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UK: FCA Consults on Crowdfunding




by:
Chris Finney
William Slaiding
Edwards Wildman Palmer LLP - London Office

 
November 11, 2013

Previously published on November 7, 2013

On 24 October 2013, the Financial Conduct Authority (FCA) published a consultation paper regarding its regulatory approach to crowdfunding (CP13/13).

The FCA’s paper describes crowdfunding as “a way in which people, organisations and businesses (including business start-ups) can raise money through online portals (crowdfunding platforms) to finance or re-finance their activities and enterprises”.

Whilst crowdfunding already falls within the scope of regulation by the FCA where it involves a person carrying on a regulated activity in the UK (such as arranging deals in investments), the regulation of ‘loan-based crowdfunding’ (otherwise known as peer-to-peer lending) will only come within the FCA’s regulatory perimeter on 1 April 2014. For this reason, much of the consultation paper focuses on this aspect of the crowdfunding industry.

Proposals for loan based crowdfunding

The FCA’s proposed regime for loan-based crowdfunding relies on the existing disclosure-based regime applicable to investment-based crowdfunding. This principally involves ensuring that investors have the necessary information to make informed decisions and that all communications with investors are fair, clear and not misleading. In addition, the FCA is consulting on a set of core additional requirements that it proposes to apply to loan-based crowdfunding platforms including:

(i) Minimum prudential requirements - the proposals would impose capital requirements on platform-operating firms of the higher of a fixed minimum amount (£50,000 from 1 April 2017; with a transitional fixed minimum of £20,000 from 1 April 2014) and a volume-based measure representing a percentage of the volumes of funds loaned through the platform.

(ii) Rules in relation to client money handling - the FCA’s CASS rules, which already apply to investment-based crowdfunding platforms, would be applied to loan-based crowdfunding platforms to the extent that the firm holds money on behalf of clients.

(iii) A requirement that firms take reasonable steps to ensure existing loans continue to be managed in the event of platform failure - the FCA has proposed several examples of arrangements to ensure that this requirement is met, including the firm entering into an arrangement with another firm to take over the management and administration of loans in the event of platform failure and the firm holding sufficient capital in a segregated account to cover the cost of management and administration while the loan book is wound down.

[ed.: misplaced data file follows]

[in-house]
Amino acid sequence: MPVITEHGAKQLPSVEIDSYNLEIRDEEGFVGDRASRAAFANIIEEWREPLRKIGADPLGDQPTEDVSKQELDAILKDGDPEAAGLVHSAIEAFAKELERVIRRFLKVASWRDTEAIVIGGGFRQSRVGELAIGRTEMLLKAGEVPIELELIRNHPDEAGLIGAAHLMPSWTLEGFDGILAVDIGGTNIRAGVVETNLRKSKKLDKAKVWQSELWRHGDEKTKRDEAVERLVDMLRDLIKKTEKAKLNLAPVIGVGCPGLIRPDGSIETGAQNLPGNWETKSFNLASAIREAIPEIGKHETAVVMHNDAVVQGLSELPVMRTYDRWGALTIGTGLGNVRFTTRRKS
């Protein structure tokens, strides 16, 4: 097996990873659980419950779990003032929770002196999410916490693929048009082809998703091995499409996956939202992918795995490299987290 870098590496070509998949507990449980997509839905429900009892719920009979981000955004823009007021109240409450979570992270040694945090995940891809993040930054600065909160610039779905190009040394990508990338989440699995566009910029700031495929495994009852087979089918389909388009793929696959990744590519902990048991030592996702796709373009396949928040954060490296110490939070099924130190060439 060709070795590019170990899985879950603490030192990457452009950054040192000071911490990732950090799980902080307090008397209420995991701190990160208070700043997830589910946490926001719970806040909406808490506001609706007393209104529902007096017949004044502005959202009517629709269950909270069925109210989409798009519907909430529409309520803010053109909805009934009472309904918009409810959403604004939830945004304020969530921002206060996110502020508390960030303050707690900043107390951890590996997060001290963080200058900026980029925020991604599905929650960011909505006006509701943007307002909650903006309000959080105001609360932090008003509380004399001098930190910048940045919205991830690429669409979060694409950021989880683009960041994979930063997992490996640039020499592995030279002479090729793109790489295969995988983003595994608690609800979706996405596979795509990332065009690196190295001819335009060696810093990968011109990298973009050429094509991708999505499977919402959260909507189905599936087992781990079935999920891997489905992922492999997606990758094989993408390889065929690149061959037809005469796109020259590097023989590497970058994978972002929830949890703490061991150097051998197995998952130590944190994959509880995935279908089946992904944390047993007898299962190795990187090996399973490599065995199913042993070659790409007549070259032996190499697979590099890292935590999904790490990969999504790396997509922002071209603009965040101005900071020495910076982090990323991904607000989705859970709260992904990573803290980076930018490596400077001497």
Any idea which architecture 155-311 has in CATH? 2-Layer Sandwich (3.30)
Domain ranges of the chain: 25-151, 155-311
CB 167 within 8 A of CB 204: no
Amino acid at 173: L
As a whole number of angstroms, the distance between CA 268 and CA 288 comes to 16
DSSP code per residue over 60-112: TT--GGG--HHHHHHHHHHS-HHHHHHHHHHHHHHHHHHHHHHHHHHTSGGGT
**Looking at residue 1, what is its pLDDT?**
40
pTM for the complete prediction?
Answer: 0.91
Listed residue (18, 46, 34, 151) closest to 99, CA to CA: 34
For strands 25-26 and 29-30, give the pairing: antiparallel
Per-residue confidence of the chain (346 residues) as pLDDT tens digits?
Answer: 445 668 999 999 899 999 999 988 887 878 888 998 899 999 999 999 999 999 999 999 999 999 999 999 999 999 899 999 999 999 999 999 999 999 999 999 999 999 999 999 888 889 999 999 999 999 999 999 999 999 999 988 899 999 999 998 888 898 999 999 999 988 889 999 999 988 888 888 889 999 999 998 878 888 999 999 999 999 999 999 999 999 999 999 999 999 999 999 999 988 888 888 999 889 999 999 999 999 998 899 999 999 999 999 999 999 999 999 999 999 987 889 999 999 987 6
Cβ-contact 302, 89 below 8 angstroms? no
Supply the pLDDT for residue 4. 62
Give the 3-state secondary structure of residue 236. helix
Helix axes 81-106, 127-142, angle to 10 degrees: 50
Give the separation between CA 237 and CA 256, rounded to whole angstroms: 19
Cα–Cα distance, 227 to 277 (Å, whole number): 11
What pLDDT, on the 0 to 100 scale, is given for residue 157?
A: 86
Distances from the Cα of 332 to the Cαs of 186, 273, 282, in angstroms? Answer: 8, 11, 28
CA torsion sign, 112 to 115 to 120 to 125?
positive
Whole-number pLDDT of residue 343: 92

(iv) The application of a number of FCA reporting requirements - for example, the firm will be required to give clients certain information about both the firm and the service that they are receiving, including the risks involved and the level of diligence undertaken by the firm in respect of the borrower.

Proposals for loan based crowdfunding

The FCA is also consulting on changes to the regulation of firms operating investment-based crowdfunding platforms. Broadly, the FCA is proposing to limit the ability of firms to promote investment-based crowdfunding platforms. Under the proposals, firms would be required to ensure that financial promotions promoted to retail clients in relation to unlisted shares or unlisted debt securities are only promoted to the following categories of client - those who:

  • are certified or self-certify as sophisticated investors;
  • are certified as high net worth investors;
  • confirm before the promotion is made that they are a retail client of another authorised firm that will provide them with regulated investment advice in relation to the proposed investment; or
  • certify that they will not invest more than 10% of their net investible portfolio (ie excluding the client’s primary residence, pensions and life cover) in unlisted shares or unlisted debt securities.

In addition, where no regulated advice has been provided to the client, the firm that operates the platform must comply with the FCA’s rules on appropriateness. Broadly, this will require firms to assess the appropriateness of the investment to the customer, including determining whether the client has the necessary experience and knowledge to understand the risks involved.

Next steps

The FCA’s consultation is open until 19 December 2013 and those who wish to respond may do so either online here or by writing to the FCA at the address listed in the consultation paper. The FCA intends to publish the new rules in a Policy Statement in February or March 2014, with a formal review of the crowdfunding regime planned for 2016.



 

The views expressed in this document are solely the views of the author and not Martindale-Hubbell. This document is intended for informational purposes only and is not legal advice or a substitute for consultation with a licensed legal professional in a particular case or circumstance.
 

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